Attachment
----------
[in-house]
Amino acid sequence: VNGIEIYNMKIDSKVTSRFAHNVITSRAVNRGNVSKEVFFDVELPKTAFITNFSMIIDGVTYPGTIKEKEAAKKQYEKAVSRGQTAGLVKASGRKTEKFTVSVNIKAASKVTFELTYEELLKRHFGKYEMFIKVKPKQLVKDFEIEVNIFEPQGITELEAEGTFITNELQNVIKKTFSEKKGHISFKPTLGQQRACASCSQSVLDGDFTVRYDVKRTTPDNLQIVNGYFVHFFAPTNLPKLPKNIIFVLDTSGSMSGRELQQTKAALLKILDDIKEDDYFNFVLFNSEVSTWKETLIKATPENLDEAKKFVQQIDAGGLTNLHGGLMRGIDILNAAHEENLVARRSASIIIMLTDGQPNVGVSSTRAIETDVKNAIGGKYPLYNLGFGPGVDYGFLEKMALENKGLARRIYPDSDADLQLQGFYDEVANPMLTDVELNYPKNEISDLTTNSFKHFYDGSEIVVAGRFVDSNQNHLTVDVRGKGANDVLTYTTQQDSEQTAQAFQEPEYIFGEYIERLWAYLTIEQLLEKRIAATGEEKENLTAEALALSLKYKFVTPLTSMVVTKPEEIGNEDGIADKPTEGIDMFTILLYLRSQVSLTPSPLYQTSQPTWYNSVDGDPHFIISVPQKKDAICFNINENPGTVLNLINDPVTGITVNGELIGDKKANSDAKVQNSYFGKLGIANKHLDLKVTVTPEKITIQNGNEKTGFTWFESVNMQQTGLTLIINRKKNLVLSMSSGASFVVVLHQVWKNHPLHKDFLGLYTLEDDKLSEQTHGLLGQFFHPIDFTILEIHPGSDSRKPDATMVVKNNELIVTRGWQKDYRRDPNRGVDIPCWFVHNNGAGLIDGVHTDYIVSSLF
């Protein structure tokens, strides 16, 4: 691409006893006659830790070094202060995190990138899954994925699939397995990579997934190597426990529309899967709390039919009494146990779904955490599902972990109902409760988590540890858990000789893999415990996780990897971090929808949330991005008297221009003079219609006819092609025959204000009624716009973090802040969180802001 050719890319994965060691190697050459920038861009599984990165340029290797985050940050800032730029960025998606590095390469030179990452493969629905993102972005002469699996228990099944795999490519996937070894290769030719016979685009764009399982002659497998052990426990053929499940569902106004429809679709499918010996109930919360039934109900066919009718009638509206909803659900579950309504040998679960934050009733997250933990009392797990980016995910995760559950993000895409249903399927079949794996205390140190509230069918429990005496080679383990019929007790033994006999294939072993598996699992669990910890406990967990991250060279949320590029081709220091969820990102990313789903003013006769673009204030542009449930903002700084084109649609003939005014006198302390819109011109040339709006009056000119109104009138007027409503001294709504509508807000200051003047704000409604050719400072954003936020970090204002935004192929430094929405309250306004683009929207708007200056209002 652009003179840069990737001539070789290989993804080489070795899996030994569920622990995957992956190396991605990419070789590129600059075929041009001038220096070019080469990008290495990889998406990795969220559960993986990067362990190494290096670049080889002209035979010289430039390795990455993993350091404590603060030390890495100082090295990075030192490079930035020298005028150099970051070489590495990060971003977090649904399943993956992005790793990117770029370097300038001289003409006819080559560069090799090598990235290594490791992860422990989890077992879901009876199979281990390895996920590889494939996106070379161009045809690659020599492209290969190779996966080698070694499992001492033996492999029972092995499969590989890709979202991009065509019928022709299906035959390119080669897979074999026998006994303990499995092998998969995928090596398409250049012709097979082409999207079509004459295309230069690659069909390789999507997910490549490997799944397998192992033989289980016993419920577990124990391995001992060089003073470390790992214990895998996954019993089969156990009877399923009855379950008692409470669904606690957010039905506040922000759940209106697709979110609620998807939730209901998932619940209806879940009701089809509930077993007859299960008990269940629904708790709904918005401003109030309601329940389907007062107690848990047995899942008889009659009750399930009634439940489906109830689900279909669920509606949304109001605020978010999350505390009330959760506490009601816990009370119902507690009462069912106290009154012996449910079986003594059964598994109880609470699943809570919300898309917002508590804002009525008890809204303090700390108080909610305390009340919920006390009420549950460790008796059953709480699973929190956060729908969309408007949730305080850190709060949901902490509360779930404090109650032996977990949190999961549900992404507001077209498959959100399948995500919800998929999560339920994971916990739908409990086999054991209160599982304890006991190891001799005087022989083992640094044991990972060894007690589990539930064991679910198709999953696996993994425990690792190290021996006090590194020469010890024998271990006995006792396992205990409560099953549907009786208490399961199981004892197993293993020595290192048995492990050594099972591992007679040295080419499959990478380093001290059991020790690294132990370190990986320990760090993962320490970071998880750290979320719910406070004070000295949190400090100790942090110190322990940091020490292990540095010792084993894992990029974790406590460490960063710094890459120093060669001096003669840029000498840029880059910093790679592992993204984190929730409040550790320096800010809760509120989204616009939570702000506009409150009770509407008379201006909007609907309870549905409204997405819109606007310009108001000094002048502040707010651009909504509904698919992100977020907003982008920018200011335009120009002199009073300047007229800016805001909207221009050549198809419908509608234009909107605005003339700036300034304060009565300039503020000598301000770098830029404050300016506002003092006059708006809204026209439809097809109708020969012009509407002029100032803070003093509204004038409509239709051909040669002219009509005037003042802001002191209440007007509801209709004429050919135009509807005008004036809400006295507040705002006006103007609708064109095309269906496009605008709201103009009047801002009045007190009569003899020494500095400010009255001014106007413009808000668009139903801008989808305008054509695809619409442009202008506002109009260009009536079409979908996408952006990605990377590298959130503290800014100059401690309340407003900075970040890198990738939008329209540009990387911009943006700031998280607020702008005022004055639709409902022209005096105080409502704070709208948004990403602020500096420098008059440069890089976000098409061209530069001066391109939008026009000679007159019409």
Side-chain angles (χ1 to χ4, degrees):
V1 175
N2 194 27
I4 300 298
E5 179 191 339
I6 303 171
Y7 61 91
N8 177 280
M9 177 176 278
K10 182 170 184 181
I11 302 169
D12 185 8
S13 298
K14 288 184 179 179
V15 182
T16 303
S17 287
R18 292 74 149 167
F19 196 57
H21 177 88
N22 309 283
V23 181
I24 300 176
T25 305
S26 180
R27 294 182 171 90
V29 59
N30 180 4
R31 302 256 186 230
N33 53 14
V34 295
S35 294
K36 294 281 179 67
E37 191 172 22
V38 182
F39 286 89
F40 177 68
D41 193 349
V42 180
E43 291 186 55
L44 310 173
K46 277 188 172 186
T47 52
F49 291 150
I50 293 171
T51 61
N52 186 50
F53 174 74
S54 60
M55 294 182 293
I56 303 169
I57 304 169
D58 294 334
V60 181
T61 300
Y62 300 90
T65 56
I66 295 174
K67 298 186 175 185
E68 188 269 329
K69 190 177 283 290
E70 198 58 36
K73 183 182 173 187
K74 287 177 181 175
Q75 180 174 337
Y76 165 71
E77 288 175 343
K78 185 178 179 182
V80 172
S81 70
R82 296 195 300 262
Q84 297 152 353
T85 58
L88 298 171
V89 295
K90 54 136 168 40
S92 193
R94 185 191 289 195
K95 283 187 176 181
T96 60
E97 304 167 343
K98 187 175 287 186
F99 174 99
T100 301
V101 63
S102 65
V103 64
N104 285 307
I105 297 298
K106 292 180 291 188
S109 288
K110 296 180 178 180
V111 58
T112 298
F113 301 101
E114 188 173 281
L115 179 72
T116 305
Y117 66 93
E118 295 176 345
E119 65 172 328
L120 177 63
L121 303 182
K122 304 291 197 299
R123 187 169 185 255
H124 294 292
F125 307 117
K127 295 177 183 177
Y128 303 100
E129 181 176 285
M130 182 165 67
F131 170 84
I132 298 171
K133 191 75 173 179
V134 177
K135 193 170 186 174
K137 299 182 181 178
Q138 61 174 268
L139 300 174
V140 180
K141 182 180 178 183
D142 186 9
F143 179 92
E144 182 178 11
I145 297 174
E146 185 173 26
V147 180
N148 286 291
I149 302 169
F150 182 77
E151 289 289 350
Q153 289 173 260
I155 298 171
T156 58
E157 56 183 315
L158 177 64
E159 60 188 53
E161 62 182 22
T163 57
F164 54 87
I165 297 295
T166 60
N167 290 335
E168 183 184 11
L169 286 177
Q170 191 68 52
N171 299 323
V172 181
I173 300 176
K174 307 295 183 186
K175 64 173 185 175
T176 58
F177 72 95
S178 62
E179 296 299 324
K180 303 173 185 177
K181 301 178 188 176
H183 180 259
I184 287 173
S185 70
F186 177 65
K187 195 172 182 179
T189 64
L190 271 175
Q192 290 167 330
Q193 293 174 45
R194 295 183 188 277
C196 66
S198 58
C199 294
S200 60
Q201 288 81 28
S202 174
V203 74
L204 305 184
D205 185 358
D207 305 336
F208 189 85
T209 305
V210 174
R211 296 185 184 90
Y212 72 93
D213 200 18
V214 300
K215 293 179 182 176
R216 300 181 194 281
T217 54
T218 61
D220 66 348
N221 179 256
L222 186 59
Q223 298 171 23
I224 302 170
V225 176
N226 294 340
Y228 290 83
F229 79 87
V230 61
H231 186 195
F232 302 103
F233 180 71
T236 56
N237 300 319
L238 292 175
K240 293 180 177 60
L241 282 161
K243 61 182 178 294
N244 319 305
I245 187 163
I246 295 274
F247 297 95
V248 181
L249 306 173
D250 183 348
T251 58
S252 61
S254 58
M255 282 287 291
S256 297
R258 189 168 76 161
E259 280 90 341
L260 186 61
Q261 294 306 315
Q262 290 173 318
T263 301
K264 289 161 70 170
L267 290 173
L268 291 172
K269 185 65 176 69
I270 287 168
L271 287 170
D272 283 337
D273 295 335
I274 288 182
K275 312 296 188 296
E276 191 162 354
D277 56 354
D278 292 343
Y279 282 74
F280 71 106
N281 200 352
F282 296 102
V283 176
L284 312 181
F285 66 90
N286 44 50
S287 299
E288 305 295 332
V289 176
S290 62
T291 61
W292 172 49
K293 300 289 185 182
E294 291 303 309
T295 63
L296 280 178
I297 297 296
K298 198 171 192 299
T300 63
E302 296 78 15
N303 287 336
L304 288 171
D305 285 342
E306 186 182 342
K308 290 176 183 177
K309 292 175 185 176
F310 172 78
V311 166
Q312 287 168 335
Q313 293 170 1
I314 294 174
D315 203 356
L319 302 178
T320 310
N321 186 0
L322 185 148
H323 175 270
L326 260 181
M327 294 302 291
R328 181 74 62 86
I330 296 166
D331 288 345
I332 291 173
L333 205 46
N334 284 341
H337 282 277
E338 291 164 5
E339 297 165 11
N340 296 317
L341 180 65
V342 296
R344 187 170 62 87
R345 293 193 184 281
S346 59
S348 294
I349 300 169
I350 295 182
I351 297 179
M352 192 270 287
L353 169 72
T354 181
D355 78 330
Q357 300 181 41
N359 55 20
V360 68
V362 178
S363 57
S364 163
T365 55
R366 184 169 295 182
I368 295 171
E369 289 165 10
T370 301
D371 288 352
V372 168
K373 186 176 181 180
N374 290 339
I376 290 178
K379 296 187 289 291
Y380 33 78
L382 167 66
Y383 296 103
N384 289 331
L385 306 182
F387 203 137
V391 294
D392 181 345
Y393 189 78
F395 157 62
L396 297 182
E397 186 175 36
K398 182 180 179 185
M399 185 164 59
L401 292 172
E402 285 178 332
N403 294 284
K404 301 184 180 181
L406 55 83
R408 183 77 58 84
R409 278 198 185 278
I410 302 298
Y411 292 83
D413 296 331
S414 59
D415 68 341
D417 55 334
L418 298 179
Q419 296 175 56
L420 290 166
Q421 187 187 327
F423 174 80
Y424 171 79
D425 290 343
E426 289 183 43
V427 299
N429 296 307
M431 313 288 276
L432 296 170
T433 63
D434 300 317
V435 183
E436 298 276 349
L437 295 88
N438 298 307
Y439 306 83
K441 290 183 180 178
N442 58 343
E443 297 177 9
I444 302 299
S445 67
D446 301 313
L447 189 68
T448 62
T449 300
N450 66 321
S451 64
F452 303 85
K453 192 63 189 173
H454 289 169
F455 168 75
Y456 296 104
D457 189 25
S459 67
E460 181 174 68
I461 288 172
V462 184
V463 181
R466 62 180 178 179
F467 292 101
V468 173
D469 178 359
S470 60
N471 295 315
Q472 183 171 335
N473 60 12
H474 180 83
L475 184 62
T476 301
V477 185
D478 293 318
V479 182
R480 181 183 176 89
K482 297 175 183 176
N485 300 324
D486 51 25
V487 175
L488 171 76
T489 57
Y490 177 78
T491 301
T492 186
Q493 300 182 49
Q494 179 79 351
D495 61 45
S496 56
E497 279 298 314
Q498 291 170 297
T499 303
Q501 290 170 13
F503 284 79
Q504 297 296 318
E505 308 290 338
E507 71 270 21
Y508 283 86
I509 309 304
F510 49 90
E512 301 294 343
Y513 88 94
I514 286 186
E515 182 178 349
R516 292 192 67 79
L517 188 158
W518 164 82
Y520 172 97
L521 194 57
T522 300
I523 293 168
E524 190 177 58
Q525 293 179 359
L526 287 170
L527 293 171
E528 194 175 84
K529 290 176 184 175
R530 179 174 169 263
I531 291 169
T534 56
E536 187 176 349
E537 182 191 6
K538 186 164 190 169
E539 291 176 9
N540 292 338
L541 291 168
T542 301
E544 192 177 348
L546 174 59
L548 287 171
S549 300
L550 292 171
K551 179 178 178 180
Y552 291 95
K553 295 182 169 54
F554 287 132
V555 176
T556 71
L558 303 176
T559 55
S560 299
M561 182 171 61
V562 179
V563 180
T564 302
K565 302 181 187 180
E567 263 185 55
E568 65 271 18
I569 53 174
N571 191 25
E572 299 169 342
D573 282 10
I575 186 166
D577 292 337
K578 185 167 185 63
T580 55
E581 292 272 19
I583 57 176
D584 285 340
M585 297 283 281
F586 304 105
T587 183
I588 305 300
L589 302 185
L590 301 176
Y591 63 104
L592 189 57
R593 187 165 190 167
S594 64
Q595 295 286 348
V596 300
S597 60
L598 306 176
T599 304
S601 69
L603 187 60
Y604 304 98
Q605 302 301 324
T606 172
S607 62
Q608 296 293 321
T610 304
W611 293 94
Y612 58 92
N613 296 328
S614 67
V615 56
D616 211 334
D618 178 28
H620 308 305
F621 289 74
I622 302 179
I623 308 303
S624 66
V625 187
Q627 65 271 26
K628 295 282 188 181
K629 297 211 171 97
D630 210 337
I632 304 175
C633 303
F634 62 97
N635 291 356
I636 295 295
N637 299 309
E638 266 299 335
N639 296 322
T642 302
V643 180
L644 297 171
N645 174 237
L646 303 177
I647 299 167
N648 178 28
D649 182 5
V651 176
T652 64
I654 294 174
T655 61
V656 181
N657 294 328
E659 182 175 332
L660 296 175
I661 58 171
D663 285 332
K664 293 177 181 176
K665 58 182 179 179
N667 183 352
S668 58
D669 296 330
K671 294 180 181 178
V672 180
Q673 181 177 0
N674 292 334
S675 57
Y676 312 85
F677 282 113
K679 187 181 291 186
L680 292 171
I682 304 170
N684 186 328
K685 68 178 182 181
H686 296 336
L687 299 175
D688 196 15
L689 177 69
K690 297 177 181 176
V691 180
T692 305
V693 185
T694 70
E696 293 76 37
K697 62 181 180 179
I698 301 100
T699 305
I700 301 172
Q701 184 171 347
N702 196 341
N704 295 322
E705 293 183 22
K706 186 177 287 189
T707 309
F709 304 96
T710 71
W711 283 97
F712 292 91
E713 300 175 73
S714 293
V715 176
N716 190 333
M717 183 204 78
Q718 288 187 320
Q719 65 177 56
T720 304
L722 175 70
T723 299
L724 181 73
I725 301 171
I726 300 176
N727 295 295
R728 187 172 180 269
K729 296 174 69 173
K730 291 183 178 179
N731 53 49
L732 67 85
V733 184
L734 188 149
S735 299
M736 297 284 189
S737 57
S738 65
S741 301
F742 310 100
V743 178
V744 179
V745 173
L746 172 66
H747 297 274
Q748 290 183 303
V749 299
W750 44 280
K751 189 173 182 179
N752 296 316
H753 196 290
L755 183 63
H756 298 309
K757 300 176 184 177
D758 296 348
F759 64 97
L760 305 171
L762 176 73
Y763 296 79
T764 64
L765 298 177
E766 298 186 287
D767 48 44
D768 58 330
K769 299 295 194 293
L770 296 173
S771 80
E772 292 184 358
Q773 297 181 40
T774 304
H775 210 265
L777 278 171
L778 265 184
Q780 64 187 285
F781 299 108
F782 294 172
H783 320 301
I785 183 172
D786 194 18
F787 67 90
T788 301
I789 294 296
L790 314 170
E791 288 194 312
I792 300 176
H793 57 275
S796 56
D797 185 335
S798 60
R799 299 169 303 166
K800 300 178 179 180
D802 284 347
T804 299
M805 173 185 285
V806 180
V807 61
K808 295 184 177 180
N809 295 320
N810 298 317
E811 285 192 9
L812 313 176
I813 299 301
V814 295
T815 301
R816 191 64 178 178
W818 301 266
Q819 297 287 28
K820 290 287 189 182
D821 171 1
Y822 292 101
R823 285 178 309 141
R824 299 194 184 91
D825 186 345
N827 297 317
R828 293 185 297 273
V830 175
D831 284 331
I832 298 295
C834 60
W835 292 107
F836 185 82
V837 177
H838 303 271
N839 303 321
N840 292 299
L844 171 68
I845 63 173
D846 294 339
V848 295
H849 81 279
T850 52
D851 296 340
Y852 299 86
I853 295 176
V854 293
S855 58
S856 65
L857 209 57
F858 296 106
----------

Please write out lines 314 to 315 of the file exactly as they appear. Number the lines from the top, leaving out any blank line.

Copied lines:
I368 295 171
E369 289 165 10